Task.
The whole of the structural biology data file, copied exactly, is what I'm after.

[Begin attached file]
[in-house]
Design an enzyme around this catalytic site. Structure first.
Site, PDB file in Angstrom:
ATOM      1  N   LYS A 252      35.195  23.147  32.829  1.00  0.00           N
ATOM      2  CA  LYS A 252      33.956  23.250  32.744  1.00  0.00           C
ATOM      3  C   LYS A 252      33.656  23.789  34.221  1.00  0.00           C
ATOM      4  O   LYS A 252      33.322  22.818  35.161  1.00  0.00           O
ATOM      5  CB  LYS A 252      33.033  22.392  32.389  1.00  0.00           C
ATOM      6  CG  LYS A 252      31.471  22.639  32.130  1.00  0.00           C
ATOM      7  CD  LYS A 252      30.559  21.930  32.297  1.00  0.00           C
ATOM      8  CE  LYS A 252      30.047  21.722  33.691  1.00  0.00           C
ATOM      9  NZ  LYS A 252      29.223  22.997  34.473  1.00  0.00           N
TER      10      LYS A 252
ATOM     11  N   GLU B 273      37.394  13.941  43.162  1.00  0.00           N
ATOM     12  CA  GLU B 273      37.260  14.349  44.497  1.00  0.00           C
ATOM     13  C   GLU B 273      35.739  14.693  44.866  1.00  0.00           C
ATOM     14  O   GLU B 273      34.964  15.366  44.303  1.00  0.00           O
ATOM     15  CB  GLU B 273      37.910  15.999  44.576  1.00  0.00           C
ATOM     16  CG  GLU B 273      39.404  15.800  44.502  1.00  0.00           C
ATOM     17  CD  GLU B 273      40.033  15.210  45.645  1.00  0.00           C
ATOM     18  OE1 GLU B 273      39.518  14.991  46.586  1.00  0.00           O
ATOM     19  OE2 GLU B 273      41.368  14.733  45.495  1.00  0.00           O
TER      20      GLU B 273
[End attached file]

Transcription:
[in-house]
Design an enzyme around this catalytic site. Structure first.
Site, PDB file in Angstrom:
ATOM      1  N   LYS A 252      35.195  23.147  32.829  1.00  0.00           N
ATOM      2  CA  LYS A 252      33.956  23.250  32.744  1.00  0.00           C
ATOM      3  C   LYS A 252      33.656  23.789  34.221  1.00  0.00           C
ATOM      4  O   LYS A 252      33.322  22.818  35.161  1.00  0.00           O
ATOM      5  CB  LYS A 252      33.033  22.392  32.389  1.00  0.00           C
ATOM      6  CG  LYS A 252      31.471  22.639  32.130  1.00  0.00           C
ATOM      7  CD  LYS A 252      30.559  21.930  32.297  1.00  0.00           C
ATOM      8  CE  LYS A 252      30.047  21.722  33.691  1.00  0.00           C
ATOM      9  NZ  LYS A 252      29.223  22.997  34.473  1.00  0.00           N
TER      10      LYS A 252
ATOM     11  N   GLU B 273      37.394  13.941  43.162  1.00  0.00           N
ATOM     12  CA  GLU B 273      37.260  14.349  44.497  1.00  0.00           C
ATOM     13  C   GLU B 273      35.739  14.693  44.866  1.00  0.00           C
ATOM     14  O   GLU B 273      34.964  15.366  44.303  1.00  0.00           O
ATOM     15  CB  GLU B 273      37.910  15.999  44.576  1.00  0.00           C
ATOM     16  CG  GLU B 273      39.404  15.800  44.502  1.00  0.00           C
ATOM     17  CD  GLU B 273      40.033  15.210  45.645  1.00  0.00           C
ATOM     18  OE1 GLU B 273      39.518  14.991  46.586  1.00  0.00           O
ATOM     19  OE2 GLU B 273      41.368  14.733  45.495  1.00  0.00           O
TER      20      GLU B 273